Tuesday, September 2, 2014

Date-rape-drug nail polish criticized by advocates against sexual violence

From:  Lehigh Valley Live

There are numerous ways to prevent date rape. Wearing special nail polish isn't high on the list, according to advocates against sexual violence.

The advocates are skeptical of the value of a new product being developed by a group of North Carolina State University students. Their company, Undercover Colors, is developing a nail polish that changes colors when a woman puts her fingertip in a drink that contains drugs like Rohypnol, according to The Associated Press.

Stories about the product have gone viral and appeared in American and British newspapers.

The Pennsylvania Coalition Against Rape warned Wednesday that the product could do more harm than good.

"The promotion of products such as this nail polish as 'rape prevention' are actually a distraction from other more meaningful prevention efforts," said Pennsylvania Coalition Against Rape spokeswoman Kristen Houser.

Friday, August 29, 2014

States with medical marijuana have 25 percent fewer prescription overdose deaths

From:  The Washington Post

States that allow medical marijuana have 25 percent fewer prescription drug overdose deaths, a team of researchers finds in a newly released academic paper, suggesting that expanded access to marijuana, often used for its purported pain-alleviating qualities, could have unintended benefits.

“As our awareness of the addiction and overdose risks associated with use of opioid painkillers such as Oxycontin and Vicodin grows, individuals with chronic pain and their medical providers may be opting to treat pain entirely or in part with medical marijuana, in states where this is legal,” Colleen L. Barry, PhD, an associate professor in the Department of Health Policy and Management at the Johns Hopkins Bloomberg School and senior author of the study, said in a statement. The analysis was conducted by researchers from the Bloomberg School and the Philadelphia Veterans Affairs Medical Center.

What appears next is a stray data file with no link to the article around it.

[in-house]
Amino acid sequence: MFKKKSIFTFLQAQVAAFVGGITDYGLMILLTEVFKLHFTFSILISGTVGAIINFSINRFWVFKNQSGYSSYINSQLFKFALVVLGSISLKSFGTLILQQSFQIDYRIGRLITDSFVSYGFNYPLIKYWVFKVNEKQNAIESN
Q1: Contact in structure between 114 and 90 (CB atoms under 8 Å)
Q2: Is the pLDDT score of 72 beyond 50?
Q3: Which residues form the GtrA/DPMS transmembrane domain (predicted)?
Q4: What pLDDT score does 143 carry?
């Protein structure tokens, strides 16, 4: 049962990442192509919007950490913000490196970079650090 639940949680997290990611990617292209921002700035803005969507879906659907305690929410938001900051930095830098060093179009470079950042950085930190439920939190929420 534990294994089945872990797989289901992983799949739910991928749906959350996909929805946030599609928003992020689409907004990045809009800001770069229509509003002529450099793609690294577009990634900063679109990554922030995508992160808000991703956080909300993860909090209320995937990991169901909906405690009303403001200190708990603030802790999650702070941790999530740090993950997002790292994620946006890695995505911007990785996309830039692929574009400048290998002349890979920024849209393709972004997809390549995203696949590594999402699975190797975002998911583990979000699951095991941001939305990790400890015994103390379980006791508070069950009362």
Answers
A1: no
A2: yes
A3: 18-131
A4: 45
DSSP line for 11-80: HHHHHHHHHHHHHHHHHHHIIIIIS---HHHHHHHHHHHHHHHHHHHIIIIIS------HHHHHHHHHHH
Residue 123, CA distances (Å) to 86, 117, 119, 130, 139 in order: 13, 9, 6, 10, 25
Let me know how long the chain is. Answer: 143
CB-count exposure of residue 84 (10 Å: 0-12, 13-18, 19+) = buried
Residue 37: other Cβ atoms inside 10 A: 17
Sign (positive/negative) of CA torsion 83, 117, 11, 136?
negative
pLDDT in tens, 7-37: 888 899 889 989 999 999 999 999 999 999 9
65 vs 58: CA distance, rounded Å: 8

Thursday, August 28, 2014

Williams suicide shines light on Colo. health crisis

From:  The Coloradoan

The suicide of beloved actor and comedian Robin Williams this month released a flood of brokenhearted tributes from his many fans, friends and admirers. It also brought attention to a public health problem that Coloradans suffer at a higher rate than most of the rest of the country.

Colorado’s suicide rate consistently tops the national average. In 2011, the state had the ninth highest suicide rate in the nation, according to the latest available Centers for Disease Control data.

And it’s going up. The suicide rate in the state has jumped by about 19 percent over the past decade, taking the lives of 1,004 Colorado residents last year, the state health department reports.

Like Williams, many of those who died were middle-aged and older men. In 2013, their suicide rate was roughly twice the statewide average.

People who study the trends say the nature of suicide makes it hard to pin down a reason that Coloradans experience more than their fair share of this tragedy.